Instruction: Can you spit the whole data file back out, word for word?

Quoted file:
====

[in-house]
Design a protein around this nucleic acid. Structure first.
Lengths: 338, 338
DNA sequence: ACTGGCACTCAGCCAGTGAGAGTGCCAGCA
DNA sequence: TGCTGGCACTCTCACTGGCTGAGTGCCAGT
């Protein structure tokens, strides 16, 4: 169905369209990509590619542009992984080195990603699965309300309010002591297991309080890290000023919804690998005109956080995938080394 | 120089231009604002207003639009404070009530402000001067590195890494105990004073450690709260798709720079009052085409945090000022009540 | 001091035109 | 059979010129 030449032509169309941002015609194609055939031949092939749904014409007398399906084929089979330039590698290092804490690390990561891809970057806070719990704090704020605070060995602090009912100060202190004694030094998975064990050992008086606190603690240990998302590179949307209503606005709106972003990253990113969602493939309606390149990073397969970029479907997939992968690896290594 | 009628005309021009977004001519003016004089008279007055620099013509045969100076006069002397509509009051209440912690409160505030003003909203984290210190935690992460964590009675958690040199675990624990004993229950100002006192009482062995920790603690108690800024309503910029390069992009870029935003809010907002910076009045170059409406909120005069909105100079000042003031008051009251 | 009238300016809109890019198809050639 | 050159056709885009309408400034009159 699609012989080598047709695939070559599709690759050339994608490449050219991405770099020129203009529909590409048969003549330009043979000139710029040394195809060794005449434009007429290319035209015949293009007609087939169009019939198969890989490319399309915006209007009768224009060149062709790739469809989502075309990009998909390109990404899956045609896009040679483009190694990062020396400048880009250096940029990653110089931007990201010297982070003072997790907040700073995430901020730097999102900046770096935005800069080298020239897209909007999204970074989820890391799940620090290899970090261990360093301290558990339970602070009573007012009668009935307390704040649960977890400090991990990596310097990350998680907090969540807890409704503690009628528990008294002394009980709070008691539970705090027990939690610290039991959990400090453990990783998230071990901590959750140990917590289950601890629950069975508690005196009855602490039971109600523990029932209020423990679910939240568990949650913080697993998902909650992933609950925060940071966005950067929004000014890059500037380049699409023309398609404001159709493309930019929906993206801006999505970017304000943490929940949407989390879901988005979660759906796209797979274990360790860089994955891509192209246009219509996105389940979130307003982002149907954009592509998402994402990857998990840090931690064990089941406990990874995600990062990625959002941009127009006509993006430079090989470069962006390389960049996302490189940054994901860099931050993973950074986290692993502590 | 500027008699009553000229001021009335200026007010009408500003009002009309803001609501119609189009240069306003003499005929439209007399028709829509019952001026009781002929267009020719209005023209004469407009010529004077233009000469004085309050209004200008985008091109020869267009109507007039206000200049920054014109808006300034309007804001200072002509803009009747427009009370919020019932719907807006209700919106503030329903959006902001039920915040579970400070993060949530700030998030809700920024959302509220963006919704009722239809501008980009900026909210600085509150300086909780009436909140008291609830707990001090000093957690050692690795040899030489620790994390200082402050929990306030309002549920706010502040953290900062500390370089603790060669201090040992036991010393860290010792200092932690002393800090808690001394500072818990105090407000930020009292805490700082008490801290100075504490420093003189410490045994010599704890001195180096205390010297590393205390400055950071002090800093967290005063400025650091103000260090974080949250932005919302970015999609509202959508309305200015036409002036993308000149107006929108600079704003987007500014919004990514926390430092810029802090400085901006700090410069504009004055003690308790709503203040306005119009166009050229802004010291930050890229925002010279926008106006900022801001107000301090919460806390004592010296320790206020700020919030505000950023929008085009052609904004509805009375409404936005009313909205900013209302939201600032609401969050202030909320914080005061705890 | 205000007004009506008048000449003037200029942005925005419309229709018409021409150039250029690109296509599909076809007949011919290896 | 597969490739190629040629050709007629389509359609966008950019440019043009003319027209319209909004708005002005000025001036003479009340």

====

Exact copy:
[in-house]
Design a protein around this nucleic acid. Structure first.
Lengths: 338, 338
DNA sequence: ACTGGCACTCAGCCAGTGAGAGTGCCAGCA
DNA sequence: TGCTGGCACTCTCACTGGCTGAGTGCCAGT
């Protein structure tokens, strides 16, 4: 169905369209990509590619542009992984080195990603699965309300309010002591297991309080890290000023919804690998005109956080995938080394 | 120089231009604002207003639009404070009530402000001067590195890494105990004073450690709260798709720079009052085409945090000022009540 | 001091035109 | 059979010129 030449032509169309941002015609194609055939031949092939749904014409007398399906084929089979330039590698290092804490690390990561891809970057806070719990704090704020605070060995602090009912100060202190004694030094998975064990050992008086606190603690240990998302590179949307209503606005709106972003990253990113969602493939309606390149990073397969970029479907997939992968690896290594 | 009628005309021009977004001519003016004089008279007055620099013509045969100076006069002397509509009051209440912690409160505030003003909203984290210190935690992460964590009675958690040199675990624990004993229950100002006192009482062995920790603690108690800024309503910029390069992009870029935003809010907002910076009045170059409406909120005069909105100079000042003031008051009251 | 009238300016809109890019198809050639 | 050159056709885009309408400034009159 699609012989080598047709695939070559599709690759050339994608490449050219991405770099020129203009529909590409048969003549330009043979000139710029040394195809060794005449434009007429290319035209015949293009007609087939169009019939198969890989490319399309915006209007009768224009060149062709790739469809989502075309990009998909390109990404899956045609896009040679483009190694990062020396400048880009250096940029990653110089931007990201010297982070003072997790907040700073995430901020730097999102900046770096935005800069080298020239897209909007999204970074989820890391799940620090290899970090261990360093301290558990339970602070009573007012009668009935307390704040649960977890400090991990990596310097990350998680907090969540807890409704503690009628528990008294002394009980709070008691539970705090027990939690610290039991959990400090453990990783998230071990901590959750140990917590289950601890629950069975508690005196009855602490039971109600523990029932209020423990679910939240568990949650913080697993998902909650992933609950925060940071966005950067929004000014890059500037380049699409023309398609404001159709493309930019929906993206801006999505970017304000943490929940949407989390879901988005979660759906796209797979274990360790860089994955891509192209246009219509996105389940979130307003982002149907954009592509998402994402990857998990840090931690064990089941406990990874995600990062990625959002941009127009006509993006430079090989470069962006390389960049996302490189940054994901860099931050993973950074986290692993502590 | 500027008699009553000229001021009335200026007010009408500003009002009309803001609501119609189009240069306003003499005929439209007399028709829509019952001026009781002929267009020719209005023209004469407009010529004077233009000469004085309050209004200008985008091109020869267009109507007039206000200049920054014109808006300034309007804001200072002509803009009747427009009370919020019932719907807006209700919106503030329903959006902001039920915040579970400070993060949530700030998030809700920024959302509220963006919704009722239809501008980009900026909210600085509150300086909780009436909140008291609830707990001090000093957690050692690795040899030489620790994390200082402050929990306030309002549920706010502040953290900062500390370089603790060669201090040992036991010393860290010792200092932690002393800090808690001394500072818990105090407000930020009292805490700082008490801290100075504490420093003189410490045994010599704890001195180096205390010297590393205390400055950071002090800093967290005063400025650091103000260090974080949250932005919302970015999609509202959508309305200015036409002036993308000149107006929108600079704003987007500014919004990514926390430092810029802090400085901006700090410069504009004055003690308790709503203040306005119009166009050229802004010291930050890229925002010279926008106006900022801001107000301090919460806390004592010296320790206020700020919030505000950023929008085009052609904004509805009375409404936005009313909205900013209302939201600032609401969050202030909320914080005061705890 | 205000007004009506008048000449003037200029942005925005419309229709018409021409150039250029690109296509599909076809007949011919290896 | 597969490739190629040629050709007629389509359609966008950019440019043009003319027209319209909004708005002005000025001036003479009340």